"India offers, in the emerging world, the largest market for renewables that follows market principles."
Arunabha Gosh, CEO, Council for Energy, Environment & Water
London: Backdrop for India Investment Forum
Developing green investment pipelines, building investor confidence and growing London’s role as a centre of green capital were amongst the core issues discussed at the recent India-UK Green Finance Dialogue 2018. Issuers and investors convened to discuss the next phase of market development to meet India’s vast infrastructure, energy and national development goals.
Attendees included India’s largest bank, the SBI, National Bank of Agriculture and Rural Development (NABARD); India’s leading DFI & agricultural policy bank and the Indian Renewable Energy Development Agency (IREDA) who were joined by London based investor groups and asset managers.
The event also saw the launch of the India Country Briefing summarising the state of the green bond market as at July 2018 (the report can be found here).
India: Climate, Development and the Investment Challenge
In his opening comments to the forum Arunabha Ghosh of the influential Council on Energy, Environment and Water (CEEW) put the basic challenge:
“Money is not flowing where the sun shines the most and the wind blows the hardest.”
Outlining the scale of opportunity, he emphasized, “India offers, in the emerging world, the largest market for renewables that follows market principles.”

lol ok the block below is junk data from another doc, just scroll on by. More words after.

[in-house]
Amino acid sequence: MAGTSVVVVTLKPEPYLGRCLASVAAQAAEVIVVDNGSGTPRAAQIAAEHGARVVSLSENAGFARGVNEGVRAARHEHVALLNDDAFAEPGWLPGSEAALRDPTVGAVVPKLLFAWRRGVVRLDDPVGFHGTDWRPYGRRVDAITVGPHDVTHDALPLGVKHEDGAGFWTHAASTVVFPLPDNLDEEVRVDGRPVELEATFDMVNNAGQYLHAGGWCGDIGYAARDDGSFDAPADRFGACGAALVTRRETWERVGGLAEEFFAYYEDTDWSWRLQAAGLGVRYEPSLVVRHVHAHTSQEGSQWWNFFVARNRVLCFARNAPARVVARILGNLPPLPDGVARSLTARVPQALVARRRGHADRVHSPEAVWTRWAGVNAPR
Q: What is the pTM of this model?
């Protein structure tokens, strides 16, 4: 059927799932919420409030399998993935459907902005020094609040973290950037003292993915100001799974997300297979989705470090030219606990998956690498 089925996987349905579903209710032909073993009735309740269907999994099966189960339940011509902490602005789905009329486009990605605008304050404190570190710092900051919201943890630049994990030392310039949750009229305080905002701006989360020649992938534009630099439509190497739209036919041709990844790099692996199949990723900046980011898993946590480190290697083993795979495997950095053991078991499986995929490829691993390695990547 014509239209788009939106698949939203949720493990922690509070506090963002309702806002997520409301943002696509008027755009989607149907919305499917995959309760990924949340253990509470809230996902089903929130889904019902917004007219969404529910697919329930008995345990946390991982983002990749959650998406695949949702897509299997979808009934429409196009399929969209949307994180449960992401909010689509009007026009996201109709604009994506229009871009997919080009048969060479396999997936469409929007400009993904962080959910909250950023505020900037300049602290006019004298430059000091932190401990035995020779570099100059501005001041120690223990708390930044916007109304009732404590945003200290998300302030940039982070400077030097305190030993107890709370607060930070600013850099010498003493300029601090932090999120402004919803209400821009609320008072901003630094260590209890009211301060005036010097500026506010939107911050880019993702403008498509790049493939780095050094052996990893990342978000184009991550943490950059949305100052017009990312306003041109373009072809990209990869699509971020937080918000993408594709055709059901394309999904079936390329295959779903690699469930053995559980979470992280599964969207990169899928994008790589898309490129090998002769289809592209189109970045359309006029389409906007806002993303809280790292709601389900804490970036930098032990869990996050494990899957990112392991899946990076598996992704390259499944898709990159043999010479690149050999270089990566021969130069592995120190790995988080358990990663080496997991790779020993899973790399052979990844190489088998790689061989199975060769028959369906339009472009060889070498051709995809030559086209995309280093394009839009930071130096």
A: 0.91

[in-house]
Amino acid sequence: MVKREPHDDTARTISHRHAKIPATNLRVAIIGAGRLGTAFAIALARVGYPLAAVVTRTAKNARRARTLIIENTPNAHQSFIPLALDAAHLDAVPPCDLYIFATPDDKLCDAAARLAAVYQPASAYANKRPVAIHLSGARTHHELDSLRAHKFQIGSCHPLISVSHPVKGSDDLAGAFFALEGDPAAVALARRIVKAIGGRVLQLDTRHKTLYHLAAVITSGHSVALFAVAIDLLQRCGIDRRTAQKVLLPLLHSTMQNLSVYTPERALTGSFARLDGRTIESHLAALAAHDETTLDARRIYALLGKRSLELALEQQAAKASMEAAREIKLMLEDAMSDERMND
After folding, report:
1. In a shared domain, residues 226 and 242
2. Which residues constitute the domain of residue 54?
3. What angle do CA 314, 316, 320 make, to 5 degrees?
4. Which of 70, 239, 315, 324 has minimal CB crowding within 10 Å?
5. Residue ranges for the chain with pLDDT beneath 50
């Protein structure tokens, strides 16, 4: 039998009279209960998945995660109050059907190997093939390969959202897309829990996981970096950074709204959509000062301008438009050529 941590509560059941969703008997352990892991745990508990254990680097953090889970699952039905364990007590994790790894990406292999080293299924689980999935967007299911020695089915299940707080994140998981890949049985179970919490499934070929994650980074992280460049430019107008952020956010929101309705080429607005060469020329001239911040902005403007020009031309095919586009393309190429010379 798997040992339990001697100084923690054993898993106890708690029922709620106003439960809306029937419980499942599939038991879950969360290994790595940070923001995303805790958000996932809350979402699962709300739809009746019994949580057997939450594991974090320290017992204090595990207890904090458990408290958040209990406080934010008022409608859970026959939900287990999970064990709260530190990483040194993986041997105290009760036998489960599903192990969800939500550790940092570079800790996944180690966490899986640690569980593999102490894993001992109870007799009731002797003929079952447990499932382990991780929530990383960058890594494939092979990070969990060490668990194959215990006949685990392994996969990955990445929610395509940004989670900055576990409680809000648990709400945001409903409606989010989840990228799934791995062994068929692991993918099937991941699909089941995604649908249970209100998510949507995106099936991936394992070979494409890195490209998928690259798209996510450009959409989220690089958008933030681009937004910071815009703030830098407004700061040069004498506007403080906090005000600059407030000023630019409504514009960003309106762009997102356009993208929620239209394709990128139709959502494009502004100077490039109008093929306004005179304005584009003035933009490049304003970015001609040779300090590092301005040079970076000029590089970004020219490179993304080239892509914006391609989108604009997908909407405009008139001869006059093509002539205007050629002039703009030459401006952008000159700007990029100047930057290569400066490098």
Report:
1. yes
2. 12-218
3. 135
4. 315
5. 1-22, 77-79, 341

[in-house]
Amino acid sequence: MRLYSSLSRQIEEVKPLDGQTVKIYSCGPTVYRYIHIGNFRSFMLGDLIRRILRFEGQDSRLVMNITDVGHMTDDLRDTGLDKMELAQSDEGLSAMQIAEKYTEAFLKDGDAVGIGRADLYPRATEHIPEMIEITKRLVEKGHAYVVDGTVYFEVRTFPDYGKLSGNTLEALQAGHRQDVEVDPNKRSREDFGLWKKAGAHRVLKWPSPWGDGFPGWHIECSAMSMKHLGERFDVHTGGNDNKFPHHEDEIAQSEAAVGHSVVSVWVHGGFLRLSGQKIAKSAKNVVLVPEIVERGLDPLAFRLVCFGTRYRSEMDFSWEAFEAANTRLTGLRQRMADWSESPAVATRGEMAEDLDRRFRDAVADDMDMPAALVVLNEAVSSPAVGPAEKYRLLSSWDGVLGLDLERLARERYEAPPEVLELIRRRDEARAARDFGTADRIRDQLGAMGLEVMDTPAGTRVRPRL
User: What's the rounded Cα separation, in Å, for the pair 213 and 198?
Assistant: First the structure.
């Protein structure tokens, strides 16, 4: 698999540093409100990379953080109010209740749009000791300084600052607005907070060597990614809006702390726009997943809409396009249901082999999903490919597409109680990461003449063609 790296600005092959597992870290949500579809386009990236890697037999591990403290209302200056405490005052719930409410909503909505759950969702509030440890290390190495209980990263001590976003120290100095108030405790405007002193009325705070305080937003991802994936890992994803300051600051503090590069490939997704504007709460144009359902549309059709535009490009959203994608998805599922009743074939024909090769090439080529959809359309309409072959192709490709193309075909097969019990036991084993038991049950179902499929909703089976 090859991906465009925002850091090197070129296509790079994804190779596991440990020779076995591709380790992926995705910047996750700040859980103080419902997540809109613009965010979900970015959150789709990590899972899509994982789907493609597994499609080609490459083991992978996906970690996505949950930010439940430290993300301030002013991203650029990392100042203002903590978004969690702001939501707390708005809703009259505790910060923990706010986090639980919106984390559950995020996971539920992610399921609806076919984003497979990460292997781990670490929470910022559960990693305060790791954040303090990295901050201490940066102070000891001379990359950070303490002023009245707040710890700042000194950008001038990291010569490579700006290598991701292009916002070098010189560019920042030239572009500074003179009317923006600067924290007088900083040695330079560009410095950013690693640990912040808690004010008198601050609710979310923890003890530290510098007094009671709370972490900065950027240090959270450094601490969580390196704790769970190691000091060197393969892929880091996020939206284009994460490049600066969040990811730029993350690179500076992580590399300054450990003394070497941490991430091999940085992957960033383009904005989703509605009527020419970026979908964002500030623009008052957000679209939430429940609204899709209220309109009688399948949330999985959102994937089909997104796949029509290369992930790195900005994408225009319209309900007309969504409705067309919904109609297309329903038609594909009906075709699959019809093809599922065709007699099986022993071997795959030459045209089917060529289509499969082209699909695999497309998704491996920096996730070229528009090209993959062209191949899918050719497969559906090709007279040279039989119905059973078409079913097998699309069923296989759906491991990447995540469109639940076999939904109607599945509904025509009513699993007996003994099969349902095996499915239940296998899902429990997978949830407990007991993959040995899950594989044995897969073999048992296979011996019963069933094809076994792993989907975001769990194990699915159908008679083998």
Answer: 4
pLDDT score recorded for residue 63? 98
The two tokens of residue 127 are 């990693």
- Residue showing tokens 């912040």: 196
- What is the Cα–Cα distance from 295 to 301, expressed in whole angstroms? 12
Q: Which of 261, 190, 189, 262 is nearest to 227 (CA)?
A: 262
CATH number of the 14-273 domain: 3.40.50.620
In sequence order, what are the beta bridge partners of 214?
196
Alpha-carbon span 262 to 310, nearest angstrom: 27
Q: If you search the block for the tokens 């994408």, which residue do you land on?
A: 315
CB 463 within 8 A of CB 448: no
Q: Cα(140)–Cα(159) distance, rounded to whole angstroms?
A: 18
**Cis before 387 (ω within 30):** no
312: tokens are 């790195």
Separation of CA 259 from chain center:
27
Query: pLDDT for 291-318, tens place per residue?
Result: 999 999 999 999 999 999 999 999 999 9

Ghosh also highlighted Grid Integration Guarantee (GIG) as one of the policy measures to help meet India’s ambitious 175GW by 2022 clean energy target and amplifying the Indian investment opportunity for the UK.
Rob Ward, Deputy Director, Global Financial Markets, HM Treasury and Param Shah, Director at Federation of Indian Chambers of Commerce and Industry (FICCI-UK) provided the regulatory perspective on mobilising green finance.
Suchit Punnose, from Red Ribbon Asset Management; which has been investing in India for more than a decade, noted that by that by 2030, India could be the third largest economy in the world and with an increasingly influential voice in global and international policy.
He was assertive about the need to change the narrative around perceived investment risk. He advocated increased engagement between investors seeking emerging market opportunities and issuers seeking long term capital.
Shrishanker also stressed the opportunity in multisector bonds for the private sector. He pointed to the need to take SMEs into account, especially in the tech industry, stating that there are a large number of SMEs that can become part of the green bond market, with an emphasis on green certification.
A prominent participant, Harald Hirschhofer, Senior Advisor from TCX, addressed the importance of macroeconomic stability and having a forward-looking monetary policy. Focusing on the positive role of standardised contracts, Harald cited that standardized PPAs (Power Purchase Agreements) for solar PV or wind can help reduce legal costs, accelerate project preparation and de-risk projects substantially, leading to future aggregation as they are based on the same or similar contracts.
A Bigger Role for the City
The day’s second half was chaired by Alderman Alison Gowman from the City of London, with contributions from Sir Roger Gifford, Chair Green Finance Initiative (GFI) and Param Shah, Director of FICCI, UK. The Indian delegation, led by FICCI, included senior representatives from the National Institute of Public Finance and Policy, Climate Policy Initiative, CEEW, International Finance Corporation, NABARD, IREDA and SBI.